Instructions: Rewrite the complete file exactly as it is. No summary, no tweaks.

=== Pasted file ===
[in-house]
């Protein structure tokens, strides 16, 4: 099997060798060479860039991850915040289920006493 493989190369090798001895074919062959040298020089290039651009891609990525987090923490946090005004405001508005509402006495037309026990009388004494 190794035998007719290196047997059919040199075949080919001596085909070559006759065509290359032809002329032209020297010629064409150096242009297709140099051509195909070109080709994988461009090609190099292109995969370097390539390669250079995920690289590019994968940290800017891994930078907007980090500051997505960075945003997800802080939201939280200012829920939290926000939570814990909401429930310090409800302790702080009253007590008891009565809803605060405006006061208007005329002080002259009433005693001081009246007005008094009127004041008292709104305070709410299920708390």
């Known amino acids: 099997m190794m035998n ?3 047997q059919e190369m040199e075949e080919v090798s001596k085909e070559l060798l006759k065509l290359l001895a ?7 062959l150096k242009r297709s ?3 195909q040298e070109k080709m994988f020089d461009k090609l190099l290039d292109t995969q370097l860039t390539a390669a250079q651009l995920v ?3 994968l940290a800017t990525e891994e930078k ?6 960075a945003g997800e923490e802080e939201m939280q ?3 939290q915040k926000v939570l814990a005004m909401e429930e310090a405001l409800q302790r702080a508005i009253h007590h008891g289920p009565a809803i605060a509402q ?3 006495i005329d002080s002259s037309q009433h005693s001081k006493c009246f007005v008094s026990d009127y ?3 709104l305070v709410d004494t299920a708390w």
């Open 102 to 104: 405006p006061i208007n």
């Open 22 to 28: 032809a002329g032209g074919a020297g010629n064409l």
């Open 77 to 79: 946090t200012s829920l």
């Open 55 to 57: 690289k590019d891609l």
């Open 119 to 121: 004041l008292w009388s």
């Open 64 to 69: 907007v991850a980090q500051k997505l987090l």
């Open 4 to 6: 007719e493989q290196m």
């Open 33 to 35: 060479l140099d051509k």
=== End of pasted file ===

[in-house]
């Protein structure tokens, strides 16, 4: 099997060798060479860039991850915040289920006493 493989190369090798001895074919062959040298020089290039651009891609990525987090923490946090005004405001508005509402006495037309026990009388004494 190794035998007719290196047997059919040199075949080919001596085909070559006759065509290359032809002329032209020297010629064409150096242009297709140099051509195909070109080709994988461009090609190099292109995969370097390539390669250079995920690289590019994968940290800017891994930078907007980090500051997505960075945003997800802080939201939280200012829920939290926000939570814990909401429930310090409800302790702080009253007590008891009565809803605060405006006061208007005329002080002259009433005693001081009246007005008094009127004041008292709104305070709410299920708390």
């Known amino acids: 099997m190794m035998n ?3 047997q059919e190369m040199e075949e080919v090798s001596k085909e070559l060798l006759k065509l290359l001895a ?7 062959l150096k242009r297709s ?3 195909q040298e070109k080709m994988f020089d461009k090609l190099l290039d292109t995969q370097l860039t390539a390669a250079q651009l995920v ?3 994968l940290a800017t990525e891994e930078k ?6 960075a945003g997800e923490e802080e939201m939280q ?3 939290q915040k926000v939570l814990a005004m909401e429930e310090a405001l409800q302790r702080a508005i009253h007590h008891g289920p009565a809803i605060a509402q ?3 006495i005329d002080s002259s037309q009433h005693s001081k006493c009246f007005v008094s026990d009127y ?3 709104l305070v709410d004494t299920a708390w």
């Open 102 to 104: 405006p006061i208007n």
């Open 22 to 28: 032809a002329g032209g074919a020297g010629n064409l």
């Open 77 to 79: 946090t200012s829920l």
């Open 55 to 57: 690289k590019d891609l």
């Open 119 to 121: 004041l008292w009388s």
């Open 64 to 69: 907007v991850a980090q500051k997505l987090l």
């Open 4 to 6: 007719e493989q290196m």
């Open 33 to 35: 060479l140099d051509k």